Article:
Miami Blues

By Charles Willeford,

Book cover of Miami Blues

Book description

After a brutal day investigating a quadruple homicide, Detective Hoke Moseley settles into his room at the un-illustrious El Dorado Hotel and nurses a glass of brandy. With his guard down, he doesn’t think twice when he hears a knock on the door. The next day, he finds himself in…

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Why read it?

4 authors picked Miami Blues as one of their favorite books. Why do they recommend it?

Creative writing instructors (and later TV showrunners and network executives) taught me that the protagonist in a crime story can be flawed, but he has to be likable, someone you want to spend time with and who you will root for.

They were all wrong. The detective hero of this book borders on repulsive, and the world he lives in is dark, violent, and a touch grotesque…but also very, very funny. The humor not only makes it all palatable but somehow even more vivid and powerful. And entertaining, oh, how entertaining.

There may not be a single likable character in…

From Lee's list on humor that makes us human.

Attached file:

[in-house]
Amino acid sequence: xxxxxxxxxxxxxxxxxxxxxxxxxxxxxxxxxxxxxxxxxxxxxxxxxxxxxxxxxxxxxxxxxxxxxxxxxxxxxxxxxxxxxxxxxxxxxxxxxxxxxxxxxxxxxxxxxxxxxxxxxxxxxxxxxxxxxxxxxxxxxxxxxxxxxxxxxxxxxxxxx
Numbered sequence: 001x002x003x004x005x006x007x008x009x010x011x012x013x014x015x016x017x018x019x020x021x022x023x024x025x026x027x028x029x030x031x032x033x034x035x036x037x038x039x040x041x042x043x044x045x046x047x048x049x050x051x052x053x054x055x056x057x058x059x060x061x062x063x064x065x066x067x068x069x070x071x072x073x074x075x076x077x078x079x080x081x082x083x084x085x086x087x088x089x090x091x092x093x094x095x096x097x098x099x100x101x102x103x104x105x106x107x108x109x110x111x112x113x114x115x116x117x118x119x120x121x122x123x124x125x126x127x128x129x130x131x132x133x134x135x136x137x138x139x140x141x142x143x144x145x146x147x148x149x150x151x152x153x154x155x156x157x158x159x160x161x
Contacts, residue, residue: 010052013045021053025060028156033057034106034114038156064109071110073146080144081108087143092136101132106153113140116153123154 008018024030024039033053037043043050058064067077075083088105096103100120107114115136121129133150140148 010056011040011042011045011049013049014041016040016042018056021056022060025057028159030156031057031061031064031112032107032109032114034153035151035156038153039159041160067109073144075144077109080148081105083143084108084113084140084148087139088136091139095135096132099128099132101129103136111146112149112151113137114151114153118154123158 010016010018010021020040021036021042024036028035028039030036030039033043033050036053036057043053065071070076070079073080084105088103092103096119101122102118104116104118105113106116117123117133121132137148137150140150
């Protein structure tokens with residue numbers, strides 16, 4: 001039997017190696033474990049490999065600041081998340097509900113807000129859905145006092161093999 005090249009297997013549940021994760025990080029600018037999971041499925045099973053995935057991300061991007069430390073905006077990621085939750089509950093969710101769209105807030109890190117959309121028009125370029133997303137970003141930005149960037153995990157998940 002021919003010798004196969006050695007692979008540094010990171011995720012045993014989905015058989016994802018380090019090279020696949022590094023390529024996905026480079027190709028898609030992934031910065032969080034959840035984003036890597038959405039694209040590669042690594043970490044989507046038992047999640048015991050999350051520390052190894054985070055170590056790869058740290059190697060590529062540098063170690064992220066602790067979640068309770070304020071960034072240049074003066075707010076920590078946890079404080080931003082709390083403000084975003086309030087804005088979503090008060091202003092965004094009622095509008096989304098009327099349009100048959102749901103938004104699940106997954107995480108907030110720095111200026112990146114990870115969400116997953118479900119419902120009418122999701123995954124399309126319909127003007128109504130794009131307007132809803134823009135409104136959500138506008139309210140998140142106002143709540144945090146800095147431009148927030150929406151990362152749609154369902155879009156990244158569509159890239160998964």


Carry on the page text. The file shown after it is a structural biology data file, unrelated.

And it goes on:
If Anton Chekhov had risen from the dead in 1982 and written a book about the criminal underworld of South Florida, the result would have been something like Miami Blues. I am utterly fascinated by the level of social realism in this (supposedly) simple crime novel!

The villain, ex-con Freddy Frenger, is a monster, but he’s also weirdly compelling. Hoke Moseley, the protagonist, is a deeply flawed hero, if ever there was one. In telling their bizarre tales, Willeford weaves a narrative that is as gritty and detailed as it is artful and grotesquely beautiful.

When Willeford became a friend of my family, around 1979, he was known only by a small cult following.

He hadn't published a book in seven years, and his twelve previous books were out of print. He was teaching at Miami-Dade Community College and reviewing mystery books for The Miami Herald.

Miami Blues, which rescued its author from obscurity, presented a Miami in transition. South Beach is still decrepit and full of old people, but there is a new sense of danger on the streets—a scent of violent desperation among refugees from Latin America and opportunists from…

Start with Willeford’s introduction of Freddy Frenger, “a blithe psychopath from California,” who blithely snaps the finger of a Hare Krishna in the Miami airport and launches himself, in league with an improbable prostitute who calls herself Pepper, on a diabolical spree of theft, murder, and debauchery. It also brings him face to face with one of fiction’s most memorable detectives, middle-aged, down-on-his-luck Hoke Moseley of the Miami P.D. Their cat-and-mouse game through the glitzy neighborhoods and seedy precincts of south Florida includes cons, graphic sex, and Hoke’s shattered dentures before the slippery monster from Out West gets his comeuppance.…

From W.A.'s list on crime stories of the past 50 years.

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